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E.g., 9/22/2014
E.g., 9/22/2014
A man throws an earth balloon into the air as people fill 58th Street between 8th and 9th Avenue before a global warming march in New York Sunday, Sept. 21, 2014. (Photo by Mel Evans/AP)

Forcing the climate crisis into the spotlight

09/22/14 08:30AM

It was just a few years ago that even modest gatherings of Tea Party activists were considered important political news. With that in mind, when over 300,000 activists march together to demand action on the climate crisis, it deserves to be considered a big deal.
MSNBC's Ned Resnikoff and Amanda Sakuma reported yesterday from what organizers described as "the largest mobilization against climate change in the history of the planet."
Hundreds of thousands of demonstrators of all ages and from around the world turned out for the massive People's Climate March Sunday, filling the streets of midtown Manhattan with demands for global leaders take action to avert catastrophic climate change.
Crowds gathered with banners, flags and floats around Columbus Circle late Sunday morning as music and chants rang out at the start of the march. At exactly 12:58 p.m., demonstrators held a moment of silence in honor of the victims of climate change, followed by a cacophony of noise with drums, cheers and horns to sound the alarm to the crisis.
Though local law enforcement did not release an official estimate on the crowd size, event organizers said the march drew more than 300,000 demonstrators.
The gathering coincided with new data from the Global Carbon Project, published in the journal Nature Geoscience, that emissions jumped in 2013 to record levels, including a 2.9% increase in the United States, despite modest declines in recent years. The New York Times' report on the new figures noted that if global temperatures "continue on their present course through the century, scientists say, the earth could warm by as much as 10 degrees Fahrenheit above the preindustrial level, which would likely be incompatible with human civilization in its current form."
But yesterday's march, timed to coincide with the start of a United Nations climate change summit in New York City, was not the only evidence of a societal shift. The Rockefeller Brothers Fund will announce this morning that it's joining the fossil-fuel divestment movement.
That's no small development -- the Rockefeller Brothers Fund was created in part by wealth generated by John D. Rockefeller and Standard Oil.
Kris Kobach

Kobach's ballot 'disclaimer' worsens Kansas' circus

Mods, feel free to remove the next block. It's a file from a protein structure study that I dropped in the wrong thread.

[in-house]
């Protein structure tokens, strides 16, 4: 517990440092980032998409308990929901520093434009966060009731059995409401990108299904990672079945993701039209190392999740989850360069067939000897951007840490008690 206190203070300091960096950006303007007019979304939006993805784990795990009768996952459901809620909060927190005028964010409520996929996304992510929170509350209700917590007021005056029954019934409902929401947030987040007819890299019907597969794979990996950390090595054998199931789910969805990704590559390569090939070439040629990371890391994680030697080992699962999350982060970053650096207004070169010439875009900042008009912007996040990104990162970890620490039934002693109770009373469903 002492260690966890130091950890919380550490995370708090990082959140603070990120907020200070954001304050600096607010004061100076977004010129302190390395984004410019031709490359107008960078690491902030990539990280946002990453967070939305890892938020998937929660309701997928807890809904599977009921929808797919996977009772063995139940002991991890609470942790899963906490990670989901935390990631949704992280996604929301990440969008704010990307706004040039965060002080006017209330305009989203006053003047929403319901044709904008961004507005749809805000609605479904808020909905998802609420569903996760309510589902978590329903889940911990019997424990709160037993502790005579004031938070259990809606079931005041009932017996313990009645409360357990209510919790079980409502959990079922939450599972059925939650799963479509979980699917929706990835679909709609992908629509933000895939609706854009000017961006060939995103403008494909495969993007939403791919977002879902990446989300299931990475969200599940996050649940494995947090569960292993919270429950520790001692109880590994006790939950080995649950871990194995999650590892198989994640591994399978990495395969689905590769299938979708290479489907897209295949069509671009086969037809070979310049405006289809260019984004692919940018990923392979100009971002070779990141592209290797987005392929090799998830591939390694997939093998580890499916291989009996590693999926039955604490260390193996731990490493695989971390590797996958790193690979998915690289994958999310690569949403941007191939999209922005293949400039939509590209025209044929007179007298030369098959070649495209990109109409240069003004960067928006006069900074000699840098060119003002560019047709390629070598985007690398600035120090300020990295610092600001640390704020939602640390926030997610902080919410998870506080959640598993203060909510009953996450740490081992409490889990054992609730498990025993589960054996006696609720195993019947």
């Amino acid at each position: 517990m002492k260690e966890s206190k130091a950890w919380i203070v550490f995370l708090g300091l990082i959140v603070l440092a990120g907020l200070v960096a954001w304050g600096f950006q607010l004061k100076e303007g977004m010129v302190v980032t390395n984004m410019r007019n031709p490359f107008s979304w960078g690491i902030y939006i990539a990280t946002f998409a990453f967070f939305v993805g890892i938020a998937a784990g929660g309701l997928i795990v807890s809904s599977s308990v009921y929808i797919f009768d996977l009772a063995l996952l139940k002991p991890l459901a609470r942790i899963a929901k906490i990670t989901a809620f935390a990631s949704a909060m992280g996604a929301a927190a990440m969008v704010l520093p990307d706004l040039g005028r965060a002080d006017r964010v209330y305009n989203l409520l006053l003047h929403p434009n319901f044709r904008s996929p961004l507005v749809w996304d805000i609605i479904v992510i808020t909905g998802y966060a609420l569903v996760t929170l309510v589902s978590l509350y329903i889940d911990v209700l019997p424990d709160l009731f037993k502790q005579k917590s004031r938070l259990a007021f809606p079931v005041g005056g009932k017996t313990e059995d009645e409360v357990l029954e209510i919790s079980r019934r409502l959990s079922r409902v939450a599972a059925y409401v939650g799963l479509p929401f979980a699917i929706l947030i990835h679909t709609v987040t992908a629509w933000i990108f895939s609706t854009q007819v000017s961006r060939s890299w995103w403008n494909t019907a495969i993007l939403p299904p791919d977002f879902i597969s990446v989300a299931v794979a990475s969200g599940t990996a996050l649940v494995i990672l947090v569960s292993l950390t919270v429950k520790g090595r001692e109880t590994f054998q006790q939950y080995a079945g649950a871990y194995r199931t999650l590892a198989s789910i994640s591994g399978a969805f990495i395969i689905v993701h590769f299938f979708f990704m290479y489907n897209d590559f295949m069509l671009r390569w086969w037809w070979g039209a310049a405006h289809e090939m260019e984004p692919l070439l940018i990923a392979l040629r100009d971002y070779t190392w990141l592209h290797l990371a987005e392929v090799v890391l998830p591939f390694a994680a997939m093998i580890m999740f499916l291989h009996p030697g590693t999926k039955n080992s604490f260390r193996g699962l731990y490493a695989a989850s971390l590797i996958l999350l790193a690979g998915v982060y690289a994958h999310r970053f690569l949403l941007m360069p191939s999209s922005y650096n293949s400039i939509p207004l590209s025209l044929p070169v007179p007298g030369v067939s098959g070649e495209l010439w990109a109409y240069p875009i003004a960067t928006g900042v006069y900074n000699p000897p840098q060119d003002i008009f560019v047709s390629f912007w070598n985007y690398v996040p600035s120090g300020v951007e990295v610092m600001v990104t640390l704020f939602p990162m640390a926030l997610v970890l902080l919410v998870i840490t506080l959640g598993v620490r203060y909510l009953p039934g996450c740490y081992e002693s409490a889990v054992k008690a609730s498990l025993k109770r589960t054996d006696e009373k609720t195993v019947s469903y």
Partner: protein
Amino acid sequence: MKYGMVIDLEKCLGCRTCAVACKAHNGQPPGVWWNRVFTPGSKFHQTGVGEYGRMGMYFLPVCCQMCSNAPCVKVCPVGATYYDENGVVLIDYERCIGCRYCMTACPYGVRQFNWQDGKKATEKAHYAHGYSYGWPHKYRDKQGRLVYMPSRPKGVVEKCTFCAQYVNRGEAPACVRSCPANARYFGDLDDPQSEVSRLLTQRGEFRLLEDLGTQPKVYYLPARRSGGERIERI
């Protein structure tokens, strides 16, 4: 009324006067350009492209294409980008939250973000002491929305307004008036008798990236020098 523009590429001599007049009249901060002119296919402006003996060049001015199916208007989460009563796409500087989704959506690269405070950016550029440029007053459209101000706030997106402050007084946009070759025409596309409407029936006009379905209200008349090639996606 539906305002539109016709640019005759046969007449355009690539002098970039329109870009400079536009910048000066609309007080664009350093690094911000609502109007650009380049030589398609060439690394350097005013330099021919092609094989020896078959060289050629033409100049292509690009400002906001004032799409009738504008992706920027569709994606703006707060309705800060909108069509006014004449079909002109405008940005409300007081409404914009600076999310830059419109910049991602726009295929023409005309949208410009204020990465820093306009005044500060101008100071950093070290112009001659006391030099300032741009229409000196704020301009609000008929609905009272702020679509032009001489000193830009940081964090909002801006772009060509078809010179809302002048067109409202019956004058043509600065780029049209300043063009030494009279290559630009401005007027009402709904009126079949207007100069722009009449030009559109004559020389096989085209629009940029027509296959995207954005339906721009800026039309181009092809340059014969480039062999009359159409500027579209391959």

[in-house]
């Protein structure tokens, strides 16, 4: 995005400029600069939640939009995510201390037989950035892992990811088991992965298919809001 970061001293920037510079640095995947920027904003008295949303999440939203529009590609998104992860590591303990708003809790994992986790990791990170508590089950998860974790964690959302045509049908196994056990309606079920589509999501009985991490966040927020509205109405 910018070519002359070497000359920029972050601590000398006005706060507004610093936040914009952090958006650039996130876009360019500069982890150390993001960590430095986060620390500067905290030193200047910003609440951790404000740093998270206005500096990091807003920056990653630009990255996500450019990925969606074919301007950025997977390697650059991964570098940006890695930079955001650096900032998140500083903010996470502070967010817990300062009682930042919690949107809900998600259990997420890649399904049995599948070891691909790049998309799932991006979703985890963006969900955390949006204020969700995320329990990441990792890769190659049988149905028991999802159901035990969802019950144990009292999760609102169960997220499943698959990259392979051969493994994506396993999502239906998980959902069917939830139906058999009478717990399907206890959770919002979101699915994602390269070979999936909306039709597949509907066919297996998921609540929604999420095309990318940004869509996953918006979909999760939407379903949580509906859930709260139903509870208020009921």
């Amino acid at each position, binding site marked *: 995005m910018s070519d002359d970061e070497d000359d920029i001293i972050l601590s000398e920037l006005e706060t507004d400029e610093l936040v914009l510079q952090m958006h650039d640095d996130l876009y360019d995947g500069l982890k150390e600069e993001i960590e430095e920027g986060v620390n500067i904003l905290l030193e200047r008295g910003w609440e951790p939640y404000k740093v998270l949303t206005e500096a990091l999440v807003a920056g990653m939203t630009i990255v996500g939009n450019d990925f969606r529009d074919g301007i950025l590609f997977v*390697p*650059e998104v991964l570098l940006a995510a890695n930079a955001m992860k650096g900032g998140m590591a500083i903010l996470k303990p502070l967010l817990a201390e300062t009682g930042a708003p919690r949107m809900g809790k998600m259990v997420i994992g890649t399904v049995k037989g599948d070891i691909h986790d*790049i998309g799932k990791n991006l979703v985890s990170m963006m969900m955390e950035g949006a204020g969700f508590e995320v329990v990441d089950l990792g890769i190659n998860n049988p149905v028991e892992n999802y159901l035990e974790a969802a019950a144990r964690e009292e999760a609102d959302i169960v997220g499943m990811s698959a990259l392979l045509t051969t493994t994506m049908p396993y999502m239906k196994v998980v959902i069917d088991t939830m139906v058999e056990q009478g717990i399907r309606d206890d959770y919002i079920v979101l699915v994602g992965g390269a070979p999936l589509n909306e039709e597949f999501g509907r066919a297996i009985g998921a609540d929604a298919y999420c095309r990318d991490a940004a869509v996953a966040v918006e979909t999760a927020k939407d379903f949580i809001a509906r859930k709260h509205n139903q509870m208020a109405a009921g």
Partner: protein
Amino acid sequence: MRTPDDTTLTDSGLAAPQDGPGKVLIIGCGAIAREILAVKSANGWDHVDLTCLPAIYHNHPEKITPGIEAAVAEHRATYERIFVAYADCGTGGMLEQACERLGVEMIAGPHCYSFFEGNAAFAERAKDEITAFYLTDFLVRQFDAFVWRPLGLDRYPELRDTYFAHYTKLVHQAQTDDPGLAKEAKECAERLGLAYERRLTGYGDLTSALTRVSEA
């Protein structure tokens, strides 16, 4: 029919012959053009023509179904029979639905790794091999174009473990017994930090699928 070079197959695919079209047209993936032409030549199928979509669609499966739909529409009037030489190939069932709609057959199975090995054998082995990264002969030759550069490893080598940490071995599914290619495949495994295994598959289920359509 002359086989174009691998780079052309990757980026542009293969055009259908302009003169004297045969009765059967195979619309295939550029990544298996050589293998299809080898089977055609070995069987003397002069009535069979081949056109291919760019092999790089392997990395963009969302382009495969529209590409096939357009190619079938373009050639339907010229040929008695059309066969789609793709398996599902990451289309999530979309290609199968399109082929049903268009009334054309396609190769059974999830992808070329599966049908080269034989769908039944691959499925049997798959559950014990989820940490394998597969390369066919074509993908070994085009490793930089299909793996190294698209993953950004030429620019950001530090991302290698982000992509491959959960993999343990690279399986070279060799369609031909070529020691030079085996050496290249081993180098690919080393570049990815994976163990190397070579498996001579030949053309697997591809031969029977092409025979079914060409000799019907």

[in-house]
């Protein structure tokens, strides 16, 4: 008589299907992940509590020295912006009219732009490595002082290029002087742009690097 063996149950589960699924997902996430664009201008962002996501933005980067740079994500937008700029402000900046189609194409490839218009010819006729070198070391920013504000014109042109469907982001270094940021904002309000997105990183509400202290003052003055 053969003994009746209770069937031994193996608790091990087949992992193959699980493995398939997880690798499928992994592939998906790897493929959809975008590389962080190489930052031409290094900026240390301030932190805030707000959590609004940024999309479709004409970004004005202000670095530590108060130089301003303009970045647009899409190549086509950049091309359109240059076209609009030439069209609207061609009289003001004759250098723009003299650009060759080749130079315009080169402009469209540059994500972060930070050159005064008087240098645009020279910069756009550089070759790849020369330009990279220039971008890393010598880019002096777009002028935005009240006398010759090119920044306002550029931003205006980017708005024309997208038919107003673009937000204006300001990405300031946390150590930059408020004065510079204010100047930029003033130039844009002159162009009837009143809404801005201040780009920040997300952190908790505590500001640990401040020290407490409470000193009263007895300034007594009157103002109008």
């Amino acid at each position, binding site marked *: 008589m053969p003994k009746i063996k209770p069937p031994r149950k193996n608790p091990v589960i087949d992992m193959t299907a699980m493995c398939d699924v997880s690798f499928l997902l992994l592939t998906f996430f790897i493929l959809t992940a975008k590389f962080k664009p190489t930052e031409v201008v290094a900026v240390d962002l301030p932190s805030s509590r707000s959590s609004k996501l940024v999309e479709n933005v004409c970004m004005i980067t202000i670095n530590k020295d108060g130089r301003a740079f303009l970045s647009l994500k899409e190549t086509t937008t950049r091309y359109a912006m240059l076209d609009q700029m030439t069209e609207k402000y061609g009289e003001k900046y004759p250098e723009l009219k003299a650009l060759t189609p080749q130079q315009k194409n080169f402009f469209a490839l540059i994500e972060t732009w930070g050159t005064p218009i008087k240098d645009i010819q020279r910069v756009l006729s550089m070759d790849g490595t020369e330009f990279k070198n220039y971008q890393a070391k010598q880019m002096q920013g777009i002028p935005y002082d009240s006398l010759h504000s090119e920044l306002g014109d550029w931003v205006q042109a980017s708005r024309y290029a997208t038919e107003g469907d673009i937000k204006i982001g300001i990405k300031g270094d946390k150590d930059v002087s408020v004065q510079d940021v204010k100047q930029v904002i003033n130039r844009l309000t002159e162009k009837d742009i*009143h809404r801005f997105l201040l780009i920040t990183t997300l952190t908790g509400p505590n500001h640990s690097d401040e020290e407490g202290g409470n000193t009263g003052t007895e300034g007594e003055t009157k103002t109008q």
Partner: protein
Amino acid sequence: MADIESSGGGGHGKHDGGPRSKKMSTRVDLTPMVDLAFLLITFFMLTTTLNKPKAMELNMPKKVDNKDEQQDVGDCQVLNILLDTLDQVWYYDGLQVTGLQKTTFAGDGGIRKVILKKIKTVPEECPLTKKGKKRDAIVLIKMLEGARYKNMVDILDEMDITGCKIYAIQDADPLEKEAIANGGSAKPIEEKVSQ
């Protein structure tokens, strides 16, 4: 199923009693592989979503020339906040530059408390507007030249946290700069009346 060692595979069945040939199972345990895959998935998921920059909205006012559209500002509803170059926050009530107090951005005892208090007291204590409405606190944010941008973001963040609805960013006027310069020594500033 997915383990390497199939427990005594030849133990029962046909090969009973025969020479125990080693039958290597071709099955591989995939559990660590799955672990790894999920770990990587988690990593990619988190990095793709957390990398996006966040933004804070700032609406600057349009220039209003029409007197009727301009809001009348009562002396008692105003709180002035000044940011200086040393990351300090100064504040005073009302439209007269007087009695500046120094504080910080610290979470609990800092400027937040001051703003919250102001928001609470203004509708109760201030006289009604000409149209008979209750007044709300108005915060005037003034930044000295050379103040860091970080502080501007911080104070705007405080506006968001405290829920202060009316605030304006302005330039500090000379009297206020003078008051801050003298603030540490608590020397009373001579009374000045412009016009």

09/22/14 08:00AM

As of late Friday afternoon, the procedural nuttiness that has plagued Kansas U.S. Senate race appeared to have run its course. The state Supreme Court had ruled that Democrat Chad Taylor could, in fact, remove his name from the statewide ballot, creating a one-on-one match-up pitting Sen. Pat Roberts (R) against Greg Orman (I)..
What's more, Kansas Secretary of State Kris Kobach (R), who oversees state elections and just happens to be part of Roberts' re-election campaign committee, appeared to be in retreat, directing officials to begin mailing ballots -- as mandated by federal law -- to Kansans voting from overseas without a Democratic candidate, as per Democrats' wishes.
There was, however, a catch. Kobach, who's making no real effort to hide his brazen partisanship, continues to make unprecedented moves, turning Kansas' race into a circus with no modern parallel. From the Wichita Eagle over the weekend:
Secretary of State Kris Kobach has not given up his position that Democrats must appoint a replacement for Chad Taylor. He says overseas voters may have to cast a second ballot later.
The 526 ballots to be mailed by Saturday to overseas civilians and military personnel include a disclaimer that new ballots will be printed if a court forces Democrats to name a replacement candidate.
Some ballots from Johnson County went out Thursday with Taylor's name. They were amended Friday.
As Rachel put it on Friday's show in reference to events in Kansas, "[T]he political process in one U.S. state today fell completely apart."
Kobach's disclaimer alone belongs in some kind of Hall of Shame.

Bridgegate probe ongoing and other headlines

09/22/14 07:57AM

Prosecutors press on with Bridge probe tied to Chris Christie's office. (Wall Street Journal)

Rick Perry cites death of Joan Rivers in defense of Texas' restrictive abortion law. (New York Magazine)

Afghan presidential rivals finally agree on a power-sharing deal. (NY Times)

Purported new message from ISIS. (NBC News)

Police find an AK-47-style weapon belonging to suspected killer at large in the woods. (Scranton Times-Tribune)

Oil-heirs Rockefellers to divest their charity from fossil fuels. (NY Times)

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Saluting Scotland with a Cocktail Moment: Cameron's Kick

09/21/14 10:04PM

(Adapted from the 9/19 show transcript.)